Turning the tides on child drowning
Rebecca Wear Robinson
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Child Safety Products – Which Should You Use?

by Rebecca Wear Robinson on November 21, 2012


Are you a ‘buy every child safety product on the market’ parent or a ‘well, a few bumps won’t kill them’ parent? Is every table in your house surrounded with foam padding or do you silently curse when you are visiting someone with an indecipherable toilet lock?
We all want to keep kids safe, but the huge range of options can be overwhelming, and often inspire only the feeling of, ‘are you kidding me?!?!‘ But what happens if you don’t buy every child safety device and your child is hurt? The cost-benefit analysis that all of us process in our head usually has a bottom line of ‘could I live with myself if this product would have kept my child alive but I didn’t buy it?‘ When it comes to pool safety how do you know what is enough and what is too much?

Keeping kids safe is not for the faint of heart. But then again, neither is parenting. I admit I’m more at the ‘well, I’ve cautioned them over and over and maybe they have to learn that if they throw themselves at their sibling and land on the corner of the (padded) sofa, they might end up with a black eye’ (that would be my child last week). Did I want them to learn that lesson the hard way? Heck no!!!! Did I diligently alternate applying ice and Arnica for the next 2 hours trying to control the damage while wallowing in a sea of agony and guilt? Of course!

I may be relaxed about some dangers, but I have always been hyper-vigilant when it comes to water safety. After all, a child can drown in 2 minutes in 2 inches of water. It’s not a black eye were talking about, it’s permanent brain damage or death. The great news is that some excellent organizations have taken the guesswork out of pool safety. The best resource is the website www.poolsafely.gov developed by the U.S. Consumer Product Safety Commission. At a minimum, if you have a pool, you should have the following:

  • A stand-alone isolationist fence with a self-closing and self-locking gate – something that a child can’t climb. Make sure it keeps the pool separate from the house, meaning a fence around your back yard isn’t enough. I also had a non-negotiable rule, no child went down the steps to where the pool stood (with a fence) without me. Period. And yes, I explained the possible consequence was death, which meant they would never see me again. Young children don’t understand death, they do understand never seeing mom again, and that’s scarier than death.
  • A pool alarm and/or door alarm. I’m a belts-and-braces girl when it comes to water, I had the alarm AND the fence. I’d have had guards patrolling 24/7 if I could have gotten away with it.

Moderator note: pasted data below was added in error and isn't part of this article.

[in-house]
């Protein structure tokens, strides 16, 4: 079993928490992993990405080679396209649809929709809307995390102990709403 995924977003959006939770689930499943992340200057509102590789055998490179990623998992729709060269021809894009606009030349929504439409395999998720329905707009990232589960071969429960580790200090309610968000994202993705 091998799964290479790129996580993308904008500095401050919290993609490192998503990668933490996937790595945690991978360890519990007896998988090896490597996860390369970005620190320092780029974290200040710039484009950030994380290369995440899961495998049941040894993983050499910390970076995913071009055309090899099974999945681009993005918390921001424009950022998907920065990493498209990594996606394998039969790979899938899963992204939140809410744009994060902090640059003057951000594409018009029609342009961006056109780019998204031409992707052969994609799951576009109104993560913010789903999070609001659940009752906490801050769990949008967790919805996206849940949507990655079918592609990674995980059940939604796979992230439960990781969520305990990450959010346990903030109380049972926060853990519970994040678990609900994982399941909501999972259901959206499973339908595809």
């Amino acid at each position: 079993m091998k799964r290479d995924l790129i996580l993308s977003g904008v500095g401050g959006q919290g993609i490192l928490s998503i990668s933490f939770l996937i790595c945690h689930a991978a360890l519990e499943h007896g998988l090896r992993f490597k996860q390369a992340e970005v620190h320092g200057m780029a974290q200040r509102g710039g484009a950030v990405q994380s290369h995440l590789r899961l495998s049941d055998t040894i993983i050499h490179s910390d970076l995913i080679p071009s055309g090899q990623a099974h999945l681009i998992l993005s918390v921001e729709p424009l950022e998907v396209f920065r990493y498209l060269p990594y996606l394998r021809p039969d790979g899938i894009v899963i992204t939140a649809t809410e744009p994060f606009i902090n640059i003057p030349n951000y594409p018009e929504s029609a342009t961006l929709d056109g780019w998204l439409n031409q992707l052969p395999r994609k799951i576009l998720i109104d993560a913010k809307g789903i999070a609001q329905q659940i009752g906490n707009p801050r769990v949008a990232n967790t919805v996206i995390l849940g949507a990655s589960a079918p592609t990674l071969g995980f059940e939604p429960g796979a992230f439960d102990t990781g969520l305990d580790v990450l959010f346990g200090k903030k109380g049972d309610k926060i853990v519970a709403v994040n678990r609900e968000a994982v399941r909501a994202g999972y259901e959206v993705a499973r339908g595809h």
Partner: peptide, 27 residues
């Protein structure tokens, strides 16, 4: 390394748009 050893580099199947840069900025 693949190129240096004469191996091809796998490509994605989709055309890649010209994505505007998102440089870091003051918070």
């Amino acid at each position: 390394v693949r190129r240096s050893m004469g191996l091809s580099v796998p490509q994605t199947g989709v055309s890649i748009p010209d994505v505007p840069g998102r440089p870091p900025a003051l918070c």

• Anti-entrapment drain covers should be in place and compliant with current law. I’d also have a rule that no one touches, looks at, even thinks of going close to any pool drain. Ever. Or you’ll end up like that woman with the belly ring that hooked on the drain. Shudder.
  • Pool covers should be checked regularly and in good working order. If you have a winter cover that is fixed, make sure a small child can’t shimmy underneath. That means, if you can lift the cover and see more than about 2 inches of space, some determined child can probably get under. Seriously. I made mine try and they got much further in than I would have thought possible. We adjusted the winter cover accordingly and then I jumped on it to make sure it held my weight. My children found that very entertaining.
  • Learn CPR – because accidents do happen.
  • And finally, have your child in swim lessons, preferably parent-tot lessons from the time they are one (the age the American Academy of Pediatrics recommends). And make sure they are learning water safety rules.

All good if the pool is yours, but what about visiting grandparents or friends who don’t have all a fence or alarm? You can also bring an alarm with you. Safety Turtle is a great option.  Most importantly though, walk your child to the unfamiliar pool and explain why they can’t go near the pool without you, and then be extra vigilant, because the lure of the pool will be strong.

Having access to a pool can instill a life-long love of water and a strong understanding of how to be safe around water in your child, just make sure they live long enough to enjoy it.

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